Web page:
Meredith: I wish we all had the power, right? To just flip a switch in, totally influence your partner, you know, for the better. But, you can’t. And also, that feeling of disconnect. Depending on how stressed your partner is and how they cope with stress, you may feel that your partner’s not letting you in.
Meredith: Like you’re not involved in their world and you don’t necessarily know what’s going on and that can really be unsettling as well.
Marina: Yeah! And I see this a lot when people reach a really high level of stress and overwhelm. And it’s not even that they’re shutting out their partner. It’s that they are so flooded that there’s almost no room is how I describe it for their partner to be let in.
Marina: Because they go on to shut down mode. It’s almost like you are going powering down and going into self preservation mode because you’re so overwhelmed and there’s no room to let your partner in. But as a partner, it can be so, so hard. It’s almost rejecting. Like, “Here I am yearning for you to feel better and you’re not letting me in.”
Meredith: Mhmm! So, how do you get your partner to let you in?
Marina: So, I think that’s a really, really valuable question. I think a really good way to start that’s kind of calm and keeping it at a very manageable level is to start by seeding your own kind of observations and hypothesis. Sometimes, like, “I’m here for you whenever you need me. Just come to talk to me whenever you need. You know I’m always your cheerleader and I’m always so supportive and I’m always there for you.” One, it’s like a whole bunch of word jumble. It really means nothing. And two, it’s like if your partner tends to be more on the logical side or isn’t super great with verbalizing their emotions, they’re never gonna take you up on that and also, that’s not the best approach for them. A big part of their struggle could be, “I can’t name what’s going on for me right now.” So, giving that invitation is redundant. Right?
Marina: But approaching it with this like, “You know, the past couple of nights, I’ve noticed that you’ve come home and you’ve just had this look on your face, like you’re so overwhelmed and there’s so much going on for you and I felt kinda shut out and I know that’s not usually how you interact. I wonder if there’s something that’s really stressing you out at work.”
Meredith: Mhmm! Yeah!
Marina: You know, that actually gives them a bit of platform to say, “Hon, you know what? There is.”
Meredith: Yeah! It’s opening the door in a way that’s very non-critical, non-judgemental, very safe and giving them an opportunity to share with you which ultimately what you want.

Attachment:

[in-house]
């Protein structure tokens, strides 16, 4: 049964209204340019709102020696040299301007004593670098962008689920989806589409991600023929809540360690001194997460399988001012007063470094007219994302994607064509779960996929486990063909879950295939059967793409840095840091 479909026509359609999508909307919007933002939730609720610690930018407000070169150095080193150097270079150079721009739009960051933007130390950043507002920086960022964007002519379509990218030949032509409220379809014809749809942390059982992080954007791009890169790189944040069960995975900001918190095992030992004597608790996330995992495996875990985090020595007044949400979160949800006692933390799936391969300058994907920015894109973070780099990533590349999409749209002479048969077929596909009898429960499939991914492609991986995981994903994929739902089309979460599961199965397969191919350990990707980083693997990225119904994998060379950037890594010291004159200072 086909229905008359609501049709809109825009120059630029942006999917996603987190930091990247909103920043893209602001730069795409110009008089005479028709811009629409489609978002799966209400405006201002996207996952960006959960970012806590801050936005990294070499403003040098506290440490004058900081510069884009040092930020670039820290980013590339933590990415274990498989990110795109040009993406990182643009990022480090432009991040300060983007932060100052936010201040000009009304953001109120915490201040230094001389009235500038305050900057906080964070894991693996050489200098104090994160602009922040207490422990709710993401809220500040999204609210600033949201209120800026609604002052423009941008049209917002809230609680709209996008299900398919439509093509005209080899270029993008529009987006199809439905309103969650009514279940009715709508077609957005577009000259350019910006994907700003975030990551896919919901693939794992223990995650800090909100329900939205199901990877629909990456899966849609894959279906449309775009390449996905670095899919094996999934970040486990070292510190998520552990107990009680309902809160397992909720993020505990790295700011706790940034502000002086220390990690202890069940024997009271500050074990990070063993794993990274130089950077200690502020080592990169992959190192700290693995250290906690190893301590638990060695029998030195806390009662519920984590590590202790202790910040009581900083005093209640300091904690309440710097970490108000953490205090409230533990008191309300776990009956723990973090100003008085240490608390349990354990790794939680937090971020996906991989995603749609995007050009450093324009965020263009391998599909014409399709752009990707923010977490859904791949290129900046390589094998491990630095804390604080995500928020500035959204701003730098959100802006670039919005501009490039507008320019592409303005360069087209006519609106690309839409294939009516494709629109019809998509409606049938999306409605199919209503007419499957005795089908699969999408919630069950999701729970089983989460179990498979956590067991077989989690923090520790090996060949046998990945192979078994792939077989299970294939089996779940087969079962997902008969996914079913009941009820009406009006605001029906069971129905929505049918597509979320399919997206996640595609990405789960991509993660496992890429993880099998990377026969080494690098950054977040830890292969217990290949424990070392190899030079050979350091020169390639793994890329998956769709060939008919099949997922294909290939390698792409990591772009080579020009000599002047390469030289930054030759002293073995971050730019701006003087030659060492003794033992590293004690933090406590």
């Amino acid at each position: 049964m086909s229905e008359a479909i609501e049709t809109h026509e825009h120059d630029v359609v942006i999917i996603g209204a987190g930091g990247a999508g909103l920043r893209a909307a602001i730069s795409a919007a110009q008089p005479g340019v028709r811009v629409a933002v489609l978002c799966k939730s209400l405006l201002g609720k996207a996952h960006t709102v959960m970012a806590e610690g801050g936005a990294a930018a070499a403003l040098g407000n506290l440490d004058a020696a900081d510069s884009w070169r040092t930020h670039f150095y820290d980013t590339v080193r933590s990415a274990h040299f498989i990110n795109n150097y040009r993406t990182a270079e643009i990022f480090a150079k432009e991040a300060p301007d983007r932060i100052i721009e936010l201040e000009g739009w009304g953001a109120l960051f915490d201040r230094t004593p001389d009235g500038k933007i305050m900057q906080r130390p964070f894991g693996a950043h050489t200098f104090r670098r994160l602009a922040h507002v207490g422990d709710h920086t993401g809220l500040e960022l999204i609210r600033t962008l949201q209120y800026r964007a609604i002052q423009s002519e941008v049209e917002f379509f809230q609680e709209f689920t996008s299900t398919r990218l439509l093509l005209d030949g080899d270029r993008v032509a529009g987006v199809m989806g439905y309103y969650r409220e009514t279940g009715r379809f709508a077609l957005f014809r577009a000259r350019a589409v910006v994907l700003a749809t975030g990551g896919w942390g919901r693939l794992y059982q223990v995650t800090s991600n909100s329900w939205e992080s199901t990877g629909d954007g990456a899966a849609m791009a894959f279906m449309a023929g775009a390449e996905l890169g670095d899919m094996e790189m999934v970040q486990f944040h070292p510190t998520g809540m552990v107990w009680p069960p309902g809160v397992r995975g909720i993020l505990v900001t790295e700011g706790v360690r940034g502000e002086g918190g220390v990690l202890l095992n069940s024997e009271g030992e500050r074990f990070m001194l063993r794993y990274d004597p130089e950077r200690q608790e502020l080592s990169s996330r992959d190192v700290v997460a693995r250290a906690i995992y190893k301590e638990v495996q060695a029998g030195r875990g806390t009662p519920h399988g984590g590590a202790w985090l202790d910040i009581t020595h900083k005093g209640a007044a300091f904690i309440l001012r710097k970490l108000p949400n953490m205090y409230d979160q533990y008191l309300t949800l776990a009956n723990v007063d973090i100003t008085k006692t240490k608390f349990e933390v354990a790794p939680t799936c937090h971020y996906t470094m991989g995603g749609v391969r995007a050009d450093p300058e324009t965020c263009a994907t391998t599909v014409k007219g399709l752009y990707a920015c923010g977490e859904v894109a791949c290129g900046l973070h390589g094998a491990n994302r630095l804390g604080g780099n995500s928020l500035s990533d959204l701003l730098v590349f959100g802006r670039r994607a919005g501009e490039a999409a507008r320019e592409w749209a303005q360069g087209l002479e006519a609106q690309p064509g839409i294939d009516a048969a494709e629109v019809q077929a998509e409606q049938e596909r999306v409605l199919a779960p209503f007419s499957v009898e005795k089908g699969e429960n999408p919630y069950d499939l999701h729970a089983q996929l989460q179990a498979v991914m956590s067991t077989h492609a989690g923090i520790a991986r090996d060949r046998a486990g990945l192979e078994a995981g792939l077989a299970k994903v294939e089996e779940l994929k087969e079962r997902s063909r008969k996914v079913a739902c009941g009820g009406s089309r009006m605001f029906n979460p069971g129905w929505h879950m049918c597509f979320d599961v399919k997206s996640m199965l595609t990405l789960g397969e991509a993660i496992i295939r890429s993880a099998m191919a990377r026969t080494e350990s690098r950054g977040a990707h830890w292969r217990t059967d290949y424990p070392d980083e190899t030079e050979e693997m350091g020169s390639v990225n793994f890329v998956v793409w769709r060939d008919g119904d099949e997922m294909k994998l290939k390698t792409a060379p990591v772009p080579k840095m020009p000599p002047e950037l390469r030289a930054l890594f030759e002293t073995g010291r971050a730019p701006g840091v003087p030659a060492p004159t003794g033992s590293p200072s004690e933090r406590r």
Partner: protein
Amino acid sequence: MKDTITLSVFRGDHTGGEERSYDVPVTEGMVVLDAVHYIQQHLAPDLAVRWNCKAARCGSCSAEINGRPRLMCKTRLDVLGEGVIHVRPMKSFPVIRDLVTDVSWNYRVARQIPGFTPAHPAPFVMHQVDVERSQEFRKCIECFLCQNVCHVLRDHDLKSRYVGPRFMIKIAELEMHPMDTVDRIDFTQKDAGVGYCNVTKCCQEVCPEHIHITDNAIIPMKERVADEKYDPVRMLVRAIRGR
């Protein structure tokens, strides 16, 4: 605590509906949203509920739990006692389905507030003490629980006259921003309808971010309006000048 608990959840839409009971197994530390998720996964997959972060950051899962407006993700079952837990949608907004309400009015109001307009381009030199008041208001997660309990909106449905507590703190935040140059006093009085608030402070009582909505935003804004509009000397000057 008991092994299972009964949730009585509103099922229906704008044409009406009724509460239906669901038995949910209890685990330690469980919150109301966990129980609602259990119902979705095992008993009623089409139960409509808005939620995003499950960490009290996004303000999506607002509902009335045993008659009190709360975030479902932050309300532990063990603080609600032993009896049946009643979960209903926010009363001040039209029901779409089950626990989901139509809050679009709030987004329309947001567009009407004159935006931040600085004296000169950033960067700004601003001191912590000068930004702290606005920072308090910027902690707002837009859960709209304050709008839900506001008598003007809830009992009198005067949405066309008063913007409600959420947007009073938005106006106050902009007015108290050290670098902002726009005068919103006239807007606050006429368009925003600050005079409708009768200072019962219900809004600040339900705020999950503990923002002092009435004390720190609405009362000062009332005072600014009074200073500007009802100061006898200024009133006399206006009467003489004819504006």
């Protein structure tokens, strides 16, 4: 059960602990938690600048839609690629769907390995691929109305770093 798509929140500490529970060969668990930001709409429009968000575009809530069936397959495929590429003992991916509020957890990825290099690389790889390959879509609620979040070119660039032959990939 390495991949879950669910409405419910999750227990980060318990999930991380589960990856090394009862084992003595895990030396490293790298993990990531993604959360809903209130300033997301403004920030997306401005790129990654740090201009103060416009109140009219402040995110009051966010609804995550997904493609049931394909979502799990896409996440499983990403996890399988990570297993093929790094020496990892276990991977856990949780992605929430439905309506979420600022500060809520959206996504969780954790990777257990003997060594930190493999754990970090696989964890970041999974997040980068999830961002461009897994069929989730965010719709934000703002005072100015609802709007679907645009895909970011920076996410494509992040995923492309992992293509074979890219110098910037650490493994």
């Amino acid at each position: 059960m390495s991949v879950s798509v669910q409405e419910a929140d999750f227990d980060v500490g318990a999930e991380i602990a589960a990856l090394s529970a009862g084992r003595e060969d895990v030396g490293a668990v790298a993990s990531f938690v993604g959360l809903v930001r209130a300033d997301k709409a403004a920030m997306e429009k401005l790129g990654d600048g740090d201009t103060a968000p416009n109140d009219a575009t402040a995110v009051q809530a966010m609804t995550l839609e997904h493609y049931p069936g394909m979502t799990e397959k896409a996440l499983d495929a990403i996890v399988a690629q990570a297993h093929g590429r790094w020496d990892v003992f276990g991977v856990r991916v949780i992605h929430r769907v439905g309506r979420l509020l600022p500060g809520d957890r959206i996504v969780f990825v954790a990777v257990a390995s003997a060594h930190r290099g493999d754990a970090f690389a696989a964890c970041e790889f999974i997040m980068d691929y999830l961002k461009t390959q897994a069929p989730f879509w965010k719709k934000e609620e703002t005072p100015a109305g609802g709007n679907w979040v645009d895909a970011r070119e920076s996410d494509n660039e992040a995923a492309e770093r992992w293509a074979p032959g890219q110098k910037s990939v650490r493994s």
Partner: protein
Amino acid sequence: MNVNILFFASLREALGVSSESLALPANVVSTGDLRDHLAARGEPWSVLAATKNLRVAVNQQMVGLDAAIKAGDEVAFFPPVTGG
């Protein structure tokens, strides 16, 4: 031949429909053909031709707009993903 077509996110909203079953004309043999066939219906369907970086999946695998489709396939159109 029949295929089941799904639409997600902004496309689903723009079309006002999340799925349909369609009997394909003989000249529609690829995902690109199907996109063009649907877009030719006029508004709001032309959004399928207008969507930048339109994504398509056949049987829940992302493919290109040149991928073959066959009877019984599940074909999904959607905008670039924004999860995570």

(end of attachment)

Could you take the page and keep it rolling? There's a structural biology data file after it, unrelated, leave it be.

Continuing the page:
Marina: Yeah! Exactly! Without kind of just throwing the words.
Marina: About support and how you’re there for them anytime you need them because I’m still waiting for people to say, “Yes! Somebody took me up on that invitation. “
Meredith: I know, right? Oh my gosh! I think, you know, what’s funny is the example that you just gave is a really good mix of logic and emotion, right? So we’re kinda touch this on both. Like it’s just describing the concrete. Describing what you observed, what you saw, what might be the case but then also adding emotion like, “I felt like kind of rejected or it seems like you might be really stressed.” So what you’re doing there is sort of jumping back to Episode 023, Logic Vs. Emotion, and saying, “Let me give a little of this and a little of that.” especially when you are initiating the conversation. And then you can see if your partner does open up and starts to speak more about what’s going on for them. Assess. Are they going in a logical route or are they going the emotional route? And then follow the steps that we described in Episode 023 to sort of match that, follow them on that path and then eventually merge with, you know, whichever side was left out. I think that’s beneficial.
Marina: Yeah! And also the big one in terms of getting your partner to let you in is don’t corner them.
Marina: They are already overwhelmed. They are already stressed out.
Marina: Cornering them being like, “How do you feel? What can I do to help? Let’s talk about it. Let’s talk about feelings.”
Meredith: Not a good idea!
Meredith: Yeah! That would be very overwhelming. And you know, you gotta kinda find the right time, right? And sometimes you could feel like, “God, there’s never a right time.”
Marina: You know what? I think, it’s about being very strategic and jumping on the little opportunities as opposed to forcing an opportunity. Like, “Tell me about your feelings.”
Marina: I think a deep sigh is a really good opportunity to be like, “Oh wow! You must be kind of overwhelmed! What’s been going on for you?”
Marina: Literally, it’s something that small. I feel like we all love to sigh and huff and puff and do all kinds of things when to show that we’re stressed out because I think biologically, we need to. So, it’s like being attuned to that and really like going with something like that and being like, “Babe, that seems like a stress side to me.”
Meredith: Yeah! Definitely!
Marina: “Has there been anything going on that’s really been stressing you out this week?” Is the really, really gentle way to start that conversation that doesn’t feel confrontational that’s like, “Tell me your feelings. What’s been going on?”